The Record

Monday - Thursday, noon - 1:00 p.m. on KUOW

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Dr. Daudi Abe, professor and historian, at the 'Legacy of Seattle Hip-Hop' exhibit at MOHAI, Sept. 2015.
KUOW Photo/Jenna Montgomery

Washington state has one of the toughest laws for convicting police officers who kill civilians, but that wasn't always the case.

Seattle-based historian Dr. Daudi Abe shared the story of Berry Lawson, a 27-year-old African-American waiter who lived at the Mount Fuji Hotel, downtown, in 1938.


Ashley Hempelmann says a safe space to use drugs could've helped her.
KUOW Photo/Kim Malcolm

Kim Malcolm talks with Patricia Sully, coordinator for VOCAL-WA, about why she's advocating for supervised consumption sites for drug users in King County. She says that drug consumption is already happening in your backyard and that these sites aren't meant to encourage drug use, but support people along a continuum of care. 

Former King County Executive Ron Sims speaks at a news conference where he announced that President Barack Obama would nominate him to be deputy secretary of the U.S. Department of Housing and Urban Development, Monday, Feb. 2, 2009, in Seattle.
AP Photo/Elaine Thompson

I have been stopped eight times by the Seattle Police Department. I wasn't speeding nor did I have an issue with my car.

Four stops occurred in my neighborhood: two on Beacon Hill and one near the intersection of Rainier Avenue and Martin Luther King Way. I was never ticketed but always asked, “Do you live in this neighborhood” or “Where are you going?”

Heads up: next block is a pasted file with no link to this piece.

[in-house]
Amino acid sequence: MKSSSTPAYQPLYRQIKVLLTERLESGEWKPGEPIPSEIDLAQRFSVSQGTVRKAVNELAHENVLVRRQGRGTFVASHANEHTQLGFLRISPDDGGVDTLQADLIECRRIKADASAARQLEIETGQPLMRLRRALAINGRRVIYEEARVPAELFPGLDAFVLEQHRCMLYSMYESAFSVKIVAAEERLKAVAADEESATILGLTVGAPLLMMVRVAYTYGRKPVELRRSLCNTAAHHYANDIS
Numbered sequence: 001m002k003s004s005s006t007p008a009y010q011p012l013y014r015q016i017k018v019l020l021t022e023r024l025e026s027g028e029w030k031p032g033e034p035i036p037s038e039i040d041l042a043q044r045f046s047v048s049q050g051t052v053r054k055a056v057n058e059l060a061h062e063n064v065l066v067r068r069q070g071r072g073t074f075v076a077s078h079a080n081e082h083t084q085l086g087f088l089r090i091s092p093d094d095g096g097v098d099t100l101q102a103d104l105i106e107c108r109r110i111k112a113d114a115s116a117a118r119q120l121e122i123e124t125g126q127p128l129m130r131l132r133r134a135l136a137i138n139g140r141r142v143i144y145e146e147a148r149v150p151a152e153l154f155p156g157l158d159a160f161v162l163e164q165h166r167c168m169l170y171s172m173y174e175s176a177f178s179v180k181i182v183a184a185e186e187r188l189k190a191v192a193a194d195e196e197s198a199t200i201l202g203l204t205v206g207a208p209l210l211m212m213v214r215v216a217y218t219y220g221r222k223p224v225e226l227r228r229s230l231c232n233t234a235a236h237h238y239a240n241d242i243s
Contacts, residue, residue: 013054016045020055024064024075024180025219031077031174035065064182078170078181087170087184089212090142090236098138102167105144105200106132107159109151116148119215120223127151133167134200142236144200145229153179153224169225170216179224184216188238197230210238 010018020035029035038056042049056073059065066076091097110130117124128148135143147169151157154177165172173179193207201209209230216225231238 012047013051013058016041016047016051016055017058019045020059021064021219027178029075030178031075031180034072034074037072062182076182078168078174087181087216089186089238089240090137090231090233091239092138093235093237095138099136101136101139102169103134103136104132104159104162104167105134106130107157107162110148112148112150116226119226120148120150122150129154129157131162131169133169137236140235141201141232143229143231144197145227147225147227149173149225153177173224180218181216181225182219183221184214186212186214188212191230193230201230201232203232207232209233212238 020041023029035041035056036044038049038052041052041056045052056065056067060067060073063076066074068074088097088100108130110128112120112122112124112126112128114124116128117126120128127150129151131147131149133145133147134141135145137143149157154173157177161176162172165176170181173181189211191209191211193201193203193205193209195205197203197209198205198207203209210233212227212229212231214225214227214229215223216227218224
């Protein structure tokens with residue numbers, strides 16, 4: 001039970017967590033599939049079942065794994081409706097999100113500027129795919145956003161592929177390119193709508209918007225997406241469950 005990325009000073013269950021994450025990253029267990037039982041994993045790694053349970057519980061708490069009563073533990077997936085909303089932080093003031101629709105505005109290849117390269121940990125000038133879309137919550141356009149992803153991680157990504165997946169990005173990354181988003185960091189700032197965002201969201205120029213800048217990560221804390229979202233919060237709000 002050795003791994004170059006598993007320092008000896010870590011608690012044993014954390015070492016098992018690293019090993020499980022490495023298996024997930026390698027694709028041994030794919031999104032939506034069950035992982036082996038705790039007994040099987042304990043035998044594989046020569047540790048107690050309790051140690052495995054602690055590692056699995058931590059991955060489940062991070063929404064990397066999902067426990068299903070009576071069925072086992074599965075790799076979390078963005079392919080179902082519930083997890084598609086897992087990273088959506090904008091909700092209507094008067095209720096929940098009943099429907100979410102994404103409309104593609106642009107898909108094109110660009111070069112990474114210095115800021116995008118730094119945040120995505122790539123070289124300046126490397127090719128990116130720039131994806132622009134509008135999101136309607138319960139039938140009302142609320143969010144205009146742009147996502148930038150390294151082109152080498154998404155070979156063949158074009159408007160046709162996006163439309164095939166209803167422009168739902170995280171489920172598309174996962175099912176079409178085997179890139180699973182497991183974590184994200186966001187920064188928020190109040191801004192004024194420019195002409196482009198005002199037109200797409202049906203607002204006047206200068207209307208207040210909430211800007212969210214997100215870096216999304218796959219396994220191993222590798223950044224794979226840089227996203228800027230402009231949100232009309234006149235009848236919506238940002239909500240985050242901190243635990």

The Record: Thursday, July 14th, Full Show

Jul 14, 2016
KUOW Photo/Gil Aegerter

Seattle city council is thinking about new rules to help part-time workers get more predictable schedules. Could a new app out of Seattle be part of the solution? KUOW's investigative reporter John Ryan takes a look at the money behind the flood of initiatives on this November's ballot. And we'll meet a new pastor trying to open up an old, and potentially very uncomfortable conversation with his congregation. That, and much more, on today's Record.

Pastor Drew Yoos is tired of white Christian congregations perpetuating systemic racism.
Flickr Photo/Mars Hill Church (CC-BY-NC-ND)

Drew Yoos is tired of hearing this:

“We’re all a gift from god.”
“Skin color doesn’t matter.”
“Diversity is a gift.”

He’s a pastor in the Bothell-Mill Creek area who believes that many white Christian churches are complicit in perpetuating racism.


A new Seattle-based app helps part-time workers swap shifts.
Brie Ripley

Kim Malcolm speaks with Bloomberg News Tech Reporter Dina Bass about a new Seattle-based app, Shyft. The app is designed to help part-time shift workers trade schedules with other workers. 


KUOW Photo

The head of the Seattle Police Officer’s Guild has resigned after saying something on Facebook in the heat of the moment. What was so bad about what he said and why does the police union leader matter?